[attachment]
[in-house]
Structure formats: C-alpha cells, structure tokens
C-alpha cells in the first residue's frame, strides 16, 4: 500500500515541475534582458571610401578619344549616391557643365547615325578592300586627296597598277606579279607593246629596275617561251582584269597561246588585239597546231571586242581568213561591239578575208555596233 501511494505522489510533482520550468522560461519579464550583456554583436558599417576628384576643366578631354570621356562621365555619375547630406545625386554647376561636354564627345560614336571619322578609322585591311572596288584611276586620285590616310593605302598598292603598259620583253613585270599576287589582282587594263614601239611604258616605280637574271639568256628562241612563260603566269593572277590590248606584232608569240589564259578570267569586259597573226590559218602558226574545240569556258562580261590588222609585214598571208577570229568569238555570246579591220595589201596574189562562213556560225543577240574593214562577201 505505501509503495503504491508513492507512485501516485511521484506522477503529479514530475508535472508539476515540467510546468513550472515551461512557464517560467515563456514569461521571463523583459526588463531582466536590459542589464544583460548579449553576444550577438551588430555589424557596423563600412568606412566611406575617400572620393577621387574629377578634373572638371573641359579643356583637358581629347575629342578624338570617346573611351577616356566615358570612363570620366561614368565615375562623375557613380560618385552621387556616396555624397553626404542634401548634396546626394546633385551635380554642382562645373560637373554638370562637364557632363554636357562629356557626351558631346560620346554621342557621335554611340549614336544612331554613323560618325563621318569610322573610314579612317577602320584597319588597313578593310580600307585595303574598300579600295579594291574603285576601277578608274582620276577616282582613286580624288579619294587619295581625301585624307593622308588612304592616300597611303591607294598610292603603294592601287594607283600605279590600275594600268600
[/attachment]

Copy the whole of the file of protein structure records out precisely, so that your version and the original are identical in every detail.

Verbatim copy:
[in-house]
Structure formats: C-alpha cells, structure tokens
C-alpha cells in the first residue's frame, strides 16, 4: 500500500515541475534582458571610401578619344549616391557643365547615325578592300586627296597598277606579279607593246629596275617561251582584269597561246588585239597546231571586242581568213561591239578575208555596233 501511494505522489510533482520550468522560461519579464550583456554583436558599417576628384576643366578631354570621356562621365555619375547630406545625386554647376561636354564627345560614336571619322578609322585591311572596288584611276586620285590616310593605302598598292603598259620583253613585270599576287589582282587594263614601239611604258616605280637574271639568256628562241612563260603566269593572277590590248606584232608569240589564259578570267569586259597573226590559218602558226574545240569556258562580261590588222609585214598571208577570229568569238555570246579591220595589201596574189562562213556560225543577240574593214562577201 505505501509503495503504491508513492507512485501516485511521484506522477503529479514530475508535472508539476515540467510546468513550472515551461512557464517560467515563456514569461521571463523583459526588463531582466536590459542589464544583460548579449553576444550577438551588430555589424557596423563600412568606412566611406575617400572620393577621387574629377578634373572638371573641359579643356583637358581629347575629342578624338570617346573611351577616356566615358570612363570620366561614368565615375562623375557613380560618385552621387556616396555624397553626404542634401548634396546626394546633385551635380554642382562645373560637373554638370562637364557632363554636357562629356557626351558631346560620346554621342557621335554611340549614336544612331554613323560618325563621318569610322573610314579612317577602320584597319588597313578593310580600307585595303574598300579600295579594291574603285576601277578608274582620276577616282582613286580624288579619294587619295581625301585624307593622308588612304592616300597611303591607294598610292603603294592601287594607283600605279590600275594600268600